“You have signed documents without thoroughly reading them that has created even more liability for the city,” Ritter said. “You have allowed your personal relationships with city employees to impede your ability to lead them effectively in a business. This has also created a liability for the city.
“Your decisions have been made on emotion, which has caused more harm than good. And learning of your behavior in asking Jose Perez to refer to himself as Joseph is appalling,” she said. “I do not feel that the city can afford any more liability than what we’ve already experienced and it is not fair to ask the tax payers of this community to keep paying the cost of liability for your preventable mistakes.
“I would not be asking you to step down as our mayor if you had shown me over the last year you are making an effort to educate yourself on the duties you have been given by the voters of this community,” she said. “Or that you take your position seriously enough to put the effort in. It is for all these reasons that I am casting my vote of no confidence in you as our mayor.”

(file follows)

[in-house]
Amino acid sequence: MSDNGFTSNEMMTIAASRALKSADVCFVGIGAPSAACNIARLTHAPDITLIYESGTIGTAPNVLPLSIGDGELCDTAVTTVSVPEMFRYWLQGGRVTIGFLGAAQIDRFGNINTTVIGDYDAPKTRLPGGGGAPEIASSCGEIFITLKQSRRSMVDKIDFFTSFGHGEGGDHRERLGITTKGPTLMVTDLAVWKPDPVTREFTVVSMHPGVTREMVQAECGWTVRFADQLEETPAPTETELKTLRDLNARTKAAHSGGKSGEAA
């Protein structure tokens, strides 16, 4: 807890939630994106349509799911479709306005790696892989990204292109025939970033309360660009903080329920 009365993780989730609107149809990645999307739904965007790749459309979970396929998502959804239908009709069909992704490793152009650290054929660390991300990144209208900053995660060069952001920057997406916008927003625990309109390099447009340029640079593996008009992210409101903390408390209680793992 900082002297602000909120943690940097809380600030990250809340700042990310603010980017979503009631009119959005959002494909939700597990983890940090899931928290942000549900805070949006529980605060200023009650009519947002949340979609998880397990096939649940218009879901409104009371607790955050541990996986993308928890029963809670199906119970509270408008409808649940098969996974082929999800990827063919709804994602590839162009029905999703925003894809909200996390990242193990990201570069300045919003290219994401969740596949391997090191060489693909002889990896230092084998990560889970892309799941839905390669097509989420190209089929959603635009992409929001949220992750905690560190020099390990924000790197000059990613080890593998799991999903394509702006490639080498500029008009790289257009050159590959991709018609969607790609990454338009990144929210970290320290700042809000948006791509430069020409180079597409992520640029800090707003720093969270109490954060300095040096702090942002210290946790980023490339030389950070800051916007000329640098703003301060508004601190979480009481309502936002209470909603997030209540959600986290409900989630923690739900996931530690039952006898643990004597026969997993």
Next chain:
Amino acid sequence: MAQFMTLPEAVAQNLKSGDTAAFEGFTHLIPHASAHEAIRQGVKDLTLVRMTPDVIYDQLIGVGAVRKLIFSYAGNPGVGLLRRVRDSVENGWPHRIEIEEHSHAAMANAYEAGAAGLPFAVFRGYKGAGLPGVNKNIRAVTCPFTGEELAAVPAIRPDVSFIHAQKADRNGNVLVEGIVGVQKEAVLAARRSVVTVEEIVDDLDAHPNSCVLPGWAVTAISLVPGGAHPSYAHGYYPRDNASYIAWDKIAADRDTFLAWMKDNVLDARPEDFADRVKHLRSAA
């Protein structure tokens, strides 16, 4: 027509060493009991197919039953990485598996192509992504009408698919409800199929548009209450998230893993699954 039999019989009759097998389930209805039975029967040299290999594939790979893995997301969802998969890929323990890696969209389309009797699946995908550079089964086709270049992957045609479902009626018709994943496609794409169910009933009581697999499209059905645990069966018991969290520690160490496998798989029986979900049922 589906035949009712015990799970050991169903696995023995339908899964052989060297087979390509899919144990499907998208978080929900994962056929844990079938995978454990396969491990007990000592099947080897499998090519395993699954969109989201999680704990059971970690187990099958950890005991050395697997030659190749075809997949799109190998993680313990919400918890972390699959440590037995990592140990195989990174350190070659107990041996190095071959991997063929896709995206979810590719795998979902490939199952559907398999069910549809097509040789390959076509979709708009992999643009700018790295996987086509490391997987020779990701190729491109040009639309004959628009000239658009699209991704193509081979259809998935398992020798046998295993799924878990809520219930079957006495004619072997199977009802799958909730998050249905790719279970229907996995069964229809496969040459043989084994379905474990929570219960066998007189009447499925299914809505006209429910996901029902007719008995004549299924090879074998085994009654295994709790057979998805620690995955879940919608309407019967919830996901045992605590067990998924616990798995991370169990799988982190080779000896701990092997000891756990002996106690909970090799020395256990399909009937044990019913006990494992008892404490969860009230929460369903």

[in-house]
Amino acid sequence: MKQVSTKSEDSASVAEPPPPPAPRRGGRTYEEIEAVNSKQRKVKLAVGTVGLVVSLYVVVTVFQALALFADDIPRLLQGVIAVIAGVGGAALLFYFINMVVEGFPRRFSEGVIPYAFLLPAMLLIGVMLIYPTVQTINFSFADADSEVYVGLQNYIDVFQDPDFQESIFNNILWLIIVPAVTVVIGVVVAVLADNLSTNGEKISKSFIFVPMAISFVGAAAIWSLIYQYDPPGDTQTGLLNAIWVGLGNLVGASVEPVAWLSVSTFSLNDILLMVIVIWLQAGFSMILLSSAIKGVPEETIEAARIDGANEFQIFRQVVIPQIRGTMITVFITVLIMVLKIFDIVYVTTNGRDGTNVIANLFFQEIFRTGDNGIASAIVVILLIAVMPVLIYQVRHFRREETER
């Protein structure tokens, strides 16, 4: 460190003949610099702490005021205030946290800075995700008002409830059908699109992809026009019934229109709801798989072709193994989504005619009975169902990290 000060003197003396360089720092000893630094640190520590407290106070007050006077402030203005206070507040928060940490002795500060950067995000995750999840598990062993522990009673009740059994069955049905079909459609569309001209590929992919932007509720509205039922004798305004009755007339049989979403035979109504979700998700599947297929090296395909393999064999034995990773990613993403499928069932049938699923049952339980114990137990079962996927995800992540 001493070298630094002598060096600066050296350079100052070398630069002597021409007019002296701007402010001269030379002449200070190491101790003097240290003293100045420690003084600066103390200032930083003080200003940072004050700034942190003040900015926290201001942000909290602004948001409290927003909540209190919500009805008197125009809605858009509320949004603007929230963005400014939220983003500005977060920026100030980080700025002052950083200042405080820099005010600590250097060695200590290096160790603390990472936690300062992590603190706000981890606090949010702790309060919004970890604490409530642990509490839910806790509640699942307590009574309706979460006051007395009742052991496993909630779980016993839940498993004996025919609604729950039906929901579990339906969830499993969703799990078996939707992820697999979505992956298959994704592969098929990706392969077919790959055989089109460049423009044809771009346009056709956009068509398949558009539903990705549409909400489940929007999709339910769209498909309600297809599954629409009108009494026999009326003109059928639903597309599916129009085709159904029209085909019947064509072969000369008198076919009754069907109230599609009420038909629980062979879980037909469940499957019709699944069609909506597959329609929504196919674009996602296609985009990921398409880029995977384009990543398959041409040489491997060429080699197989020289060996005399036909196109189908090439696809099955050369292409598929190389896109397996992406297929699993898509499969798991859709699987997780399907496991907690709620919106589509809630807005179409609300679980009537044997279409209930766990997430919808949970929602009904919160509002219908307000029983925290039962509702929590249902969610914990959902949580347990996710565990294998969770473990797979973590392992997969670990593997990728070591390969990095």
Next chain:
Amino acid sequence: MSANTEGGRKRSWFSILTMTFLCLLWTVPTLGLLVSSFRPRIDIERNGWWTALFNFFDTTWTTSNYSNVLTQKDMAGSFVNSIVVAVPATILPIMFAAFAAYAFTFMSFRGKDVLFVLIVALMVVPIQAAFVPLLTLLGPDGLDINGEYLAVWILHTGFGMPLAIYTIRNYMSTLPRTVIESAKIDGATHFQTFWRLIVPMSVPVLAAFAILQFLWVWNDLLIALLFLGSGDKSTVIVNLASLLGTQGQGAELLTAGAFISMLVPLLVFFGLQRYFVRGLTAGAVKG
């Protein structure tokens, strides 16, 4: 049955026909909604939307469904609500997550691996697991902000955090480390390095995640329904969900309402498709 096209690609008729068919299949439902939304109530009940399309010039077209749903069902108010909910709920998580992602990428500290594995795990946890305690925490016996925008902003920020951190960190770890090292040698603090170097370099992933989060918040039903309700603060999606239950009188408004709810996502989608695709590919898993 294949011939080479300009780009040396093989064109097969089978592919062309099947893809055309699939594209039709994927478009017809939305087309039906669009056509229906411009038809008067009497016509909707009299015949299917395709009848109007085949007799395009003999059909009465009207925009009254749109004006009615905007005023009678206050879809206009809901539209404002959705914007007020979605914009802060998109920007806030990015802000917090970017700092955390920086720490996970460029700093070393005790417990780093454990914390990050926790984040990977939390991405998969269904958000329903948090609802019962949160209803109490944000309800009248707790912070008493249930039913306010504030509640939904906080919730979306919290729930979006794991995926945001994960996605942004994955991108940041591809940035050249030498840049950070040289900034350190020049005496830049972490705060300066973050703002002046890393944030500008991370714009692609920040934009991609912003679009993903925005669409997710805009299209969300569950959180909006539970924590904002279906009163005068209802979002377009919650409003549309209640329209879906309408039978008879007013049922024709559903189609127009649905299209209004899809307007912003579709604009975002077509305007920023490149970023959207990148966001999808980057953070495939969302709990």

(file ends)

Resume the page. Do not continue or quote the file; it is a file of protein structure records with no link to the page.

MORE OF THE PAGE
Ritter then made a motion of a vote of no confidence in the mayor, with all council members voting in favor, except for council member Maria Moreno, who was excused absent.
City council member Christa “Teagan” Levine reported responding to residents asking if other cities could provide police coverage for Tonasket by approaching both the City of Omak and Oroville. Levine said both cities declined, due largely to response time and liability issues.